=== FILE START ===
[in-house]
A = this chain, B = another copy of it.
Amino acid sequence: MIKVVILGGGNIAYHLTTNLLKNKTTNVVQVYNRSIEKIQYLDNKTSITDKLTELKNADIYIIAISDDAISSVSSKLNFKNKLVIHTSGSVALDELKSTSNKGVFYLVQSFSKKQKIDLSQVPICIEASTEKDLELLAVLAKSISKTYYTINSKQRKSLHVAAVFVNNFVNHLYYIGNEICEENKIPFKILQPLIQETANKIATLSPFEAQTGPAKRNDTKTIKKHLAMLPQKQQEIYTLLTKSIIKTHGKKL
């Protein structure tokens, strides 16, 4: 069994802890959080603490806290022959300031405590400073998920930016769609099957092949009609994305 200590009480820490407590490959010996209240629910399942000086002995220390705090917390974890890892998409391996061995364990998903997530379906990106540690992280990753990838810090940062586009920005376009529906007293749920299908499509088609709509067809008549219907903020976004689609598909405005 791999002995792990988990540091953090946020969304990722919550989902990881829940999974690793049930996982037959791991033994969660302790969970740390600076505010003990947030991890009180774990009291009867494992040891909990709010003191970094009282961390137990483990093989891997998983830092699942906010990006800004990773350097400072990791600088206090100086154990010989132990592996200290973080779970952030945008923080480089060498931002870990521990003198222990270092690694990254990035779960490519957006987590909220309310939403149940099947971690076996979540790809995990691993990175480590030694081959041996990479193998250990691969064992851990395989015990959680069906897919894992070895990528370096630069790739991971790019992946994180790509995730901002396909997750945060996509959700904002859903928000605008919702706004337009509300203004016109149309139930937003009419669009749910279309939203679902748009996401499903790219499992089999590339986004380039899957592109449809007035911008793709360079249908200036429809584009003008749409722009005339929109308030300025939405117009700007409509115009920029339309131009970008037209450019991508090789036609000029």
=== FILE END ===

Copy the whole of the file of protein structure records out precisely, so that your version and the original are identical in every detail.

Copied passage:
[in-house]
A = this chain, B = another copy of it.
Amino acid sequence: MIKVVILGGGNIAYHLTTNLLKNKTTNVVQVYNRSIEKIQYLDNKTSITDKLTELKNADIYIIAISDDAISSVSSKLNFKNKLVIHTSGSVALDELKSTSNKGVFYLVQSFSKKQKIDLSQVPICIEASTEKDLELLAVLAKSISKTYYTINSKQRKSLHVAAVFVNNFVNHLYYIGNEICEENKIPFKILQPLIQETANKIATLSPFEAQTGPAKRNDTKTIKKHLAMLPQKQQEIYTLLTKSIIKTHGKKL
């Protein structure tokens, strides 16, 4: 069994802890959080603490806290022959300031405590400073998920930016769609099957092949009609994305 200590009480820490407590490959010996209240629910399942000086002995220390705090917390974890890892998409391996061995364990998903997530379906990106540690992280990753990838810090940062586009920005376009529906007293749920299908499509088609709509067809008549219907903020976004689609598909405005 791999002995792990988990540091953090946020969304990722919550989902990881829940999974690793049930996982037959791991033994969660302790969970740390600076505010003990947030991890009180774990009291009867494992040891909990709010003191970094009282961390137990483990093989891997998983830092699942906010990006800004990773350097400072990791600088206090100086154990010989132990592996200290973080779970952030945008923080480089060498931002870990521990003198222990270092690694990254990035779960490519957006987590909220309310939403149940099947971690076996979540790809995990691993990175480590030694081959041996990479193998250990691969064992851990395989015990959680069906897919894992070895990528370096630069790739991971790019992946994180790509995730901002396909997750945060996509959700904002859903928000605008919702706004337009509300203004016109149309139930937003009419669009749910279309939203679902748009996401499903790219499992089999590339986004380039899957592109449809007035911008793709360079249908200036429809584009003008749409722009005339929109308030300025939405117009700007409509115009920029339309131009970008037209450019991508090789036609000029």